Five Nights in Maine makes strictly minimalist drama out of tearjerker material. David Oyelowo gives a quietly tortured performance as Sherwin, a husband whose life is upended when, early in the film, his wife dies in a car accident. There are flashbacks of time spent with his wife, Fiona (Hani Furstenberg), but the snippets (karaoke, a possible alcohol problem, hoping to have a child) are frustratingly diffuse.
Lucinda (Dianne Wiest), Fiona’s mother, asks Sherwin to come to her home in Maine. Much of this short film (less than an hour and twenty minutes) is spent in the company of Lucinda and Sherwin as they try to communicate their grief and frustration.
Director Maris Curran relies on close-up shots that build tension but quickly begin to feel claustrophobic. That’s likely intentional, but it might be interesting to see what the story and characters would be like with more breathing room — this conceit and small cast could work just as well, if not better, as a one-act play. The two leads both bring intensity to their parts, and Wiest plays the ill, aging mother-in-law with iciness rather than simpering self-pity.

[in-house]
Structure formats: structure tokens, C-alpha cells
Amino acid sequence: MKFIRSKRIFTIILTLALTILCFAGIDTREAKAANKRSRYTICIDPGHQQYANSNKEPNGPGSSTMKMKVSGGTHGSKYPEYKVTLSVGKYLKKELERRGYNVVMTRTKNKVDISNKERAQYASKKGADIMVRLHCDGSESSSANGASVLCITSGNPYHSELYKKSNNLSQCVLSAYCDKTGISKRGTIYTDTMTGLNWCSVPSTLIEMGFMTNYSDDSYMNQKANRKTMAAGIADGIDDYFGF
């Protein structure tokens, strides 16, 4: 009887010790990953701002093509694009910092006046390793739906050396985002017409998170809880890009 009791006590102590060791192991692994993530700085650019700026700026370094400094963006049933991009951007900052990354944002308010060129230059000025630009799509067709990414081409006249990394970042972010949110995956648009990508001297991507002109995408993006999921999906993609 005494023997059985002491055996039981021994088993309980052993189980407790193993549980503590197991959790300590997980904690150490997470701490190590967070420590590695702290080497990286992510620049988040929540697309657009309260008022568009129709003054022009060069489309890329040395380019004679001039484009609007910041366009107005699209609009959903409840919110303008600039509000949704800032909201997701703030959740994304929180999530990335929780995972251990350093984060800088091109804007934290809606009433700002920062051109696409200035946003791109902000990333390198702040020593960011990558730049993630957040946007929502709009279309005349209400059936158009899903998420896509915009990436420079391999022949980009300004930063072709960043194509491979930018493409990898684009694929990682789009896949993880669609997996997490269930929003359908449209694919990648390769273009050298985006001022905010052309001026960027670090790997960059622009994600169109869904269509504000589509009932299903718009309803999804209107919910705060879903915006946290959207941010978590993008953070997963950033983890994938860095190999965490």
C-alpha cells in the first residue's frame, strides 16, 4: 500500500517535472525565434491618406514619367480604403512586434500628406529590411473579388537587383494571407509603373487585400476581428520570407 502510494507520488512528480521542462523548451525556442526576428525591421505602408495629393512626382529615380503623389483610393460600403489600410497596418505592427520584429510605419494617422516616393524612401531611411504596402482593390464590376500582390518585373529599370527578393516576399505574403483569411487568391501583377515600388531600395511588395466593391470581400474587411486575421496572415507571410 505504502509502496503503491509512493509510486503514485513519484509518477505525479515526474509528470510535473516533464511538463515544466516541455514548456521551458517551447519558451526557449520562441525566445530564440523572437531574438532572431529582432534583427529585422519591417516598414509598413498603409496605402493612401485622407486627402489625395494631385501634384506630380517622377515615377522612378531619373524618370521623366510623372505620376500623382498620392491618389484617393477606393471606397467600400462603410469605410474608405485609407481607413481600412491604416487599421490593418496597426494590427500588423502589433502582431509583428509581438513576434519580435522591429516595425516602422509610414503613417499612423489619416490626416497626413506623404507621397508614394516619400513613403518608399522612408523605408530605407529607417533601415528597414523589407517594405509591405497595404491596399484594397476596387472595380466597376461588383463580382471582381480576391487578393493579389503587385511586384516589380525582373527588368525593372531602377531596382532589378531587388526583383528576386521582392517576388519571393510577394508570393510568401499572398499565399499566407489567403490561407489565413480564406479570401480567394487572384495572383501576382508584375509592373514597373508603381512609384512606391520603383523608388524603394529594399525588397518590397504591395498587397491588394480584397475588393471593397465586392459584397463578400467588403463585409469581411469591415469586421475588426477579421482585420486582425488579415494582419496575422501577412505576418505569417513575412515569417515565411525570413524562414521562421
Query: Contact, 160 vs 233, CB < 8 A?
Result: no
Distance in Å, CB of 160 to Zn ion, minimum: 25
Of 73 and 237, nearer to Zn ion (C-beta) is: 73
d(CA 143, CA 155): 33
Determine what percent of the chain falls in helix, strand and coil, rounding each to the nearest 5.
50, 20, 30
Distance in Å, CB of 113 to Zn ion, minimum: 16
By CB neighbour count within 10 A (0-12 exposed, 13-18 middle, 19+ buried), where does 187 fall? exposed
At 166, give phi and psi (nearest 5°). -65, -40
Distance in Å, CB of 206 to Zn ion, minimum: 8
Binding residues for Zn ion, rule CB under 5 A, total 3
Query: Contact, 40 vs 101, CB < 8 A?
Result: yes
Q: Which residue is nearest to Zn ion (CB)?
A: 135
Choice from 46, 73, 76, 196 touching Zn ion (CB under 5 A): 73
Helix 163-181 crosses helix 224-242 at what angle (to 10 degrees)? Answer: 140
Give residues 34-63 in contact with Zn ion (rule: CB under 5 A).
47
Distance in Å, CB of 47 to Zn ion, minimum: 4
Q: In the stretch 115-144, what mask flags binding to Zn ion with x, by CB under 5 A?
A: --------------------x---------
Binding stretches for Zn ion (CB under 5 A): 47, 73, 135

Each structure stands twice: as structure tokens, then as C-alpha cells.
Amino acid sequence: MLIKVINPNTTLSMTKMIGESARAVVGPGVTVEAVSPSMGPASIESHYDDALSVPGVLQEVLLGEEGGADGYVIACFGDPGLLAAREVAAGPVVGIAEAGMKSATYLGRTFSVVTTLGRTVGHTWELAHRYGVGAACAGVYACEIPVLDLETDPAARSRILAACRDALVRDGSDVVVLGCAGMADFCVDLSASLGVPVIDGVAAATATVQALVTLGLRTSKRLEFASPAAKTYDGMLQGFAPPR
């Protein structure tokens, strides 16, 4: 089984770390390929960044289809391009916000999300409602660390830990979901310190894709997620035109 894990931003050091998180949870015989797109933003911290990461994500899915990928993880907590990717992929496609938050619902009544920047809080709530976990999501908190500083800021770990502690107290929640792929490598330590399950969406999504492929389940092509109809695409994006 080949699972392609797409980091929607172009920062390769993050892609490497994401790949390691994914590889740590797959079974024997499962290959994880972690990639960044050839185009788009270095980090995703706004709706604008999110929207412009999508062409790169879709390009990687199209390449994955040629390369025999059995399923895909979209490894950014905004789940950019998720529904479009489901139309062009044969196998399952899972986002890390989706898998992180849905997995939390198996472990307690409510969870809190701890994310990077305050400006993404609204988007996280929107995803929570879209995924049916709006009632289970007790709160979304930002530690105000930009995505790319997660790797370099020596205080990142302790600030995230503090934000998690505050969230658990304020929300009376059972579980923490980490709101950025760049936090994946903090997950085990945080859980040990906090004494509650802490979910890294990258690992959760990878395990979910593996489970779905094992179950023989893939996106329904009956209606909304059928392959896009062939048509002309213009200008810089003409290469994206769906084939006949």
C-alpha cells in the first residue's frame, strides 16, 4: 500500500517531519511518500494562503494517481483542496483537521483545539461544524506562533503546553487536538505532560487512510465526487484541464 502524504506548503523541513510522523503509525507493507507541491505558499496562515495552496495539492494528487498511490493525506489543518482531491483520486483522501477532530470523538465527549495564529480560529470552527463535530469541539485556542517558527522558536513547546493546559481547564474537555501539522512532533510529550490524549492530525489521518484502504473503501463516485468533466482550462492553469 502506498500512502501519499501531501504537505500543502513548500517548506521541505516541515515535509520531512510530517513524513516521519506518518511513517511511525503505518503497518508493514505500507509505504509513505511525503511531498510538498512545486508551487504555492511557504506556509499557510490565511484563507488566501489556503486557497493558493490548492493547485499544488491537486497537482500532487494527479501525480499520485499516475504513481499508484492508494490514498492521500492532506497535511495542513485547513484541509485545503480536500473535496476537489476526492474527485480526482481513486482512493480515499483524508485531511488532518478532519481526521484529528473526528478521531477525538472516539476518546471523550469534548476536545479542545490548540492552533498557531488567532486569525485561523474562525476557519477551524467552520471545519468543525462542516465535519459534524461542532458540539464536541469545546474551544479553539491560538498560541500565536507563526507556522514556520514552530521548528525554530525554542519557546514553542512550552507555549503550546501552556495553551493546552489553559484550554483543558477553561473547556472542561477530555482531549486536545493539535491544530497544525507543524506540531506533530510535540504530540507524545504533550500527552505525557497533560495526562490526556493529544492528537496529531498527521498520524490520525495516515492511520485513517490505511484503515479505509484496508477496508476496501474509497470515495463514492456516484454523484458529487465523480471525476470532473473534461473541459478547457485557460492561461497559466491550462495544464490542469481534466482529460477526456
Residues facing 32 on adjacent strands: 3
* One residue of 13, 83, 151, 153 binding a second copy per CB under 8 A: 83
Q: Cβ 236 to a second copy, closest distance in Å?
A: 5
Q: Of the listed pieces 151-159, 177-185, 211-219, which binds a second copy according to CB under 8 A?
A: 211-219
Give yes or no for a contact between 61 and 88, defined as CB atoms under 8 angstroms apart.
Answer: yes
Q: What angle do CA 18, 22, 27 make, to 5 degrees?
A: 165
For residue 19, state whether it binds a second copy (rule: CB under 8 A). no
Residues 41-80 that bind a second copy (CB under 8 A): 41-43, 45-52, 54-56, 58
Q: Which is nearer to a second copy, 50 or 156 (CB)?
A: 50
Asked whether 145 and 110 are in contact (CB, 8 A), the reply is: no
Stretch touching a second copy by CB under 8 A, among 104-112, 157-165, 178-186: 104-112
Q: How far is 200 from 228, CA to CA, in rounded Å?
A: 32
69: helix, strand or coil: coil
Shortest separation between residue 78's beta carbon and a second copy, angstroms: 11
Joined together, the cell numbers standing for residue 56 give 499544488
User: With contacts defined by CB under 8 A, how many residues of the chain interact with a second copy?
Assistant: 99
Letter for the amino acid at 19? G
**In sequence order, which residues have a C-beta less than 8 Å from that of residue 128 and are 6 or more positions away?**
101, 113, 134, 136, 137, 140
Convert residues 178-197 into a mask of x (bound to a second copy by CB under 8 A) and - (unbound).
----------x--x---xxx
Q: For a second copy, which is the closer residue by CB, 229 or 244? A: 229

The colorblind casting is admirable — any racial tensions between mother and son-in-law are left unspoken. While Wiest and Oyelowo bear the brunt of the drama, Rosie Perez also gives a fine, low-key performance as Lucinda’s caretaker.
Five Nights in Maine may leave audiences wanting more grounding in the husband-wife/mother-daughter drama that is a constant, foggy presence, but the raw confusion and sadness associated with great loss shines through.
Five Nights in Maine
Directed by Maris Curran
Opens August 5, Village East Cinema